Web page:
Thursday, January 29, 2015

Moving Forward?

I was not at the Wachovia Center on Saturday night. I did not witness what was -- by all accounts -- a remarkable display of futility, ineptitude, or any other appropriate word describing the drought the 76ers endured/produced against the New Jersey Nets. I imagine we could ponder for paragraphs on what produced that stretch (heck, it's not like Friday night's win over the Washington Wizards lit the world on fire), but since I didn't watch it with my own eyes, I'll let those that did offer any lingering thoughts.

Moving Forward?

I was not at the Wachovia Center on Saturday night. I did not witness what was -- by all accounts -- a remarkable display of futility, ineptitude, or any other appropriate word describing the drought the 76ers endured/produced against the New Jersey Nets. I imagine we could ponder for paragraphs on what produced that stretch (heck, it's not like Friday night's win over the Washington Wizards lit the world on fire), but since I didn't watch it with my own eyes, I'll let those that did offer any lingering thoughts.

Let's look at how Saturday night impacts Tuesday night against the Boston Celtics.

I think with the way the Sixers had been playing for most of January, it was acceptable to point to the game against the Boston Celtics as a test of the Sixers' progress. They would have been above .500 (we're speaking as if they won that game against the Nets), coming off a seven-game win streak, with wins in 11 of 13 games. I think it would have been fair to look at the game against the Celtics as a legitimate litmus test. We watched them lose badly, in both their early-season games at Boston. But this would have been a middle-of-the-season game, with both the Sixers and Celtics playing what you would consider to be solid basketball. The Celtics had endured their rough patch after the sky-high winning streak. The Sixers would have endured that poor start and seemed to prove themselves as a much better team since.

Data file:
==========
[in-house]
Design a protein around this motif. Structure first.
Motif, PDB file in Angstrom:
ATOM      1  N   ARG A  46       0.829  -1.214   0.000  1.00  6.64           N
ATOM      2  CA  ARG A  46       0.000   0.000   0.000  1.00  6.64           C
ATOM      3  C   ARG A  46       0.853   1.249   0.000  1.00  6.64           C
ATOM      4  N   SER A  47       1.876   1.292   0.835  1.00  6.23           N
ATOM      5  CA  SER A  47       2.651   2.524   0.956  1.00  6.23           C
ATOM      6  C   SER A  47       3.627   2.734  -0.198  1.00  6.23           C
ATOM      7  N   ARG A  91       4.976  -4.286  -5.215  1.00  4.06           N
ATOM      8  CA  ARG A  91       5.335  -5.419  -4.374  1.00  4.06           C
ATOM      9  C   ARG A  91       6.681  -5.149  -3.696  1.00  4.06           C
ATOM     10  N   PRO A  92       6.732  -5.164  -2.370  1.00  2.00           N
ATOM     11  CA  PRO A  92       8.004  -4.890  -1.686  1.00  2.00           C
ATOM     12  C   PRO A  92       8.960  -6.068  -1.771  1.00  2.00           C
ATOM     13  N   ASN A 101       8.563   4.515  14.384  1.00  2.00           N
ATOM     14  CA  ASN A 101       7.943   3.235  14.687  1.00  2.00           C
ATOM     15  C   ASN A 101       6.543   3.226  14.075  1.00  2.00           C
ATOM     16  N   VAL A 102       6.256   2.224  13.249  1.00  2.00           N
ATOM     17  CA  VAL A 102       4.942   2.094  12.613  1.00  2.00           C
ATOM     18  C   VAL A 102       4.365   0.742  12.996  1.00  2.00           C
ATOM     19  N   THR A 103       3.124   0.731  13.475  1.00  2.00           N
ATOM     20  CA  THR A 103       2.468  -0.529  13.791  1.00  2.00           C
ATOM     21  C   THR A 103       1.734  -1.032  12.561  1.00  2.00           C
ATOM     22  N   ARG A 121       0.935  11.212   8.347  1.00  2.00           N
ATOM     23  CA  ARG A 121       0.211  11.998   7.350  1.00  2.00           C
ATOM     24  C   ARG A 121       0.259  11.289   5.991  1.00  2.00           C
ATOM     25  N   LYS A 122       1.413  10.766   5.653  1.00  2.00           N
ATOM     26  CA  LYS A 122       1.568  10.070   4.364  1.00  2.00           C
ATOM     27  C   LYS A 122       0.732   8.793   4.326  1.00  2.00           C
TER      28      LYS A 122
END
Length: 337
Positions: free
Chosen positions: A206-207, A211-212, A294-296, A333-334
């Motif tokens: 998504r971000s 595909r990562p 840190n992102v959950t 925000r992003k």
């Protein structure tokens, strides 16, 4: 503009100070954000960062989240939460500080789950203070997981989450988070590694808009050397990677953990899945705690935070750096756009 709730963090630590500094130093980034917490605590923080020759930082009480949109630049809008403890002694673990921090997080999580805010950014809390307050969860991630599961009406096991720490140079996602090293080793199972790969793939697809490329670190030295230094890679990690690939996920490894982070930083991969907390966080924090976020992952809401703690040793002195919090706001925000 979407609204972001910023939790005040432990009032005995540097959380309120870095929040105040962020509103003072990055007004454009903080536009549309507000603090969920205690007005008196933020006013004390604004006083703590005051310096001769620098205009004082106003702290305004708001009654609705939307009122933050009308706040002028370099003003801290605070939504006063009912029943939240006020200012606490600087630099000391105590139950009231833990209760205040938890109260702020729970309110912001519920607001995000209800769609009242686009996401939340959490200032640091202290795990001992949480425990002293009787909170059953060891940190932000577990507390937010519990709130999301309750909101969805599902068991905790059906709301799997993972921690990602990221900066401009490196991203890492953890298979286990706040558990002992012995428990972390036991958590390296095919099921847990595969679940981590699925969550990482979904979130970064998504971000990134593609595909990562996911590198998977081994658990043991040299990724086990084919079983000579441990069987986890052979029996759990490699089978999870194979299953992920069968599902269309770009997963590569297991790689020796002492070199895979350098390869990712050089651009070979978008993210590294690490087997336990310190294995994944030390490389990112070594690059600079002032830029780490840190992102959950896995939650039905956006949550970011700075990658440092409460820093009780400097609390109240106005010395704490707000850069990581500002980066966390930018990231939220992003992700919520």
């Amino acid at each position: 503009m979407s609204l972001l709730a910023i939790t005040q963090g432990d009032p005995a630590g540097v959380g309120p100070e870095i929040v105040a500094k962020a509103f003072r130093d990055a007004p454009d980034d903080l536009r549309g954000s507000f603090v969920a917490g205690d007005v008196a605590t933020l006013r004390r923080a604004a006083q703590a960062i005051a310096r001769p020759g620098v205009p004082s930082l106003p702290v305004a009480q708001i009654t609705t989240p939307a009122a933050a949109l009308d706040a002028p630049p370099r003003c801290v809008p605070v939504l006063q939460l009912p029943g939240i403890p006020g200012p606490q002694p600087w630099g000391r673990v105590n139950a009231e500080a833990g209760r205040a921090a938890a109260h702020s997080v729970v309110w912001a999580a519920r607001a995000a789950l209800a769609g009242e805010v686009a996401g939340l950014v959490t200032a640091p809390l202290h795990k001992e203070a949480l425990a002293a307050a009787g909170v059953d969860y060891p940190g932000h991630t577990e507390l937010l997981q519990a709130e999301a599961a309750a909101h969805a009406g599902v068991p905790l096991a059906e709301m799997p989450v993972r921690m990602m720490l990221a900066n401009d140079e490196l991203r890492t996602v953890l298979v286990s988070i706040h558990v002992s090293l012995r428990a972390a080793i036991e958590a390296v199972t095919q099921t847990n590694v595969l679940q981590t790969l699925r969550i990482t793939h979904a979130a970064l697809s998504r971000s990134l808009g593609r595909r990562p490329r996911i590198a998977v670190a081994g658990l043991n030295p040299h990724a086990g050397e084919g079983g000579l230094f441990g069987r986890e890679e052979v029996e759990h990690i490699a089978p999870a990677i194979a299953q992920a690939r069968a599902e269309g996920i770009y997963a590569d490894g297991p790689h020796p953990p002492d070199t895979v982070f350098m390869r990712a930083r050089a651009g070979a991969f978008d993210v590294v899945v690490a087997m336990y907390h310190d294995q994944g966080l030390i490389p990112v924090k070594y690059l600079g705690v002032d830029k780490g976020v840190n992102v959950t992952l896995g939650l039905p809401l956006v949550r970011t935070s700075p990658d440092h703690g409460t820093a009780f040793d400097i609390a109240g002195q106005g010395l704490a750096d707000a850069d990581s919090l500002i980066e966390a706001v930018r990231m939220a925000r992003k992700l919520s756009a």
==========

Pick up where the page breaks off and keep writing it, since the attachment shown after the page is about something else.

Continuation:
Back to reality.

Now, with Saturday's loss, that's thrown out of whack. Now, what would a win over the Celtics prove? I think we're already aware the Sixers can compete with, and beat, the NBA's top teams (see that 20-point win over the San Antonio Spurs, wins over the Hawks, Rockets, Trailblazers, last-second losses to the Magic, to the Mavericks ...). What the Sixers still need to prove is that they can consistently win the games they should win.

Now, with Saturday's loss, the focus shifts from "Are the Sixers ready to compete with the Celtics?" to "Let's just get this ship righted." With what happened Saturday night, there has to be a knot in the stomach of most Sixers fans that the loss, coupled with a drubbing at the hands of the Celtics, could send this team into a spiral. I don't believe it will, but that's what makes Tuesday important.

Yeah, a win would be great and would go a long way towards healing the wound created by what was an awful, awful loss. But what was thrown into question Saturday can't be redeemed with one victory, but can only gradually be built back up, like they had done in the month of January.

In the Eastern Conference, the ability to consistently beat mediocre teams will get the Sixers into the playoffs. And the sporadic high-fivin' wins over the Magic, Celtics, etc. will make the Sixers the fifth seed instead of the sixth, or the sixth seed instead of the seventh. But if you're winning those sporadic games over good teams, but losing games to mediocre and bad teams, your win total isn't heading north as rapidly as it should if your goal is to make it into, and out of, the first round of the playoffs.

--Kate

 

 

About this blog

Keith Pompey has been an Inquirer reporter since September 2004 and took over the Sixers beat in the summer of 2013 after covering Temple basketball and football for the previous three years.

Marc Narducci has served in a variety of roles with the Inquirer since beginning in 1983. He has covered the 76ers as a backup and a beat writer. In addition, Narducci has covered everything from the Super Bowl to the World Series and a lot in between.

Keith Pompey Inquirer Staff Writer
Marc Narducci Inquirer Staff Writer
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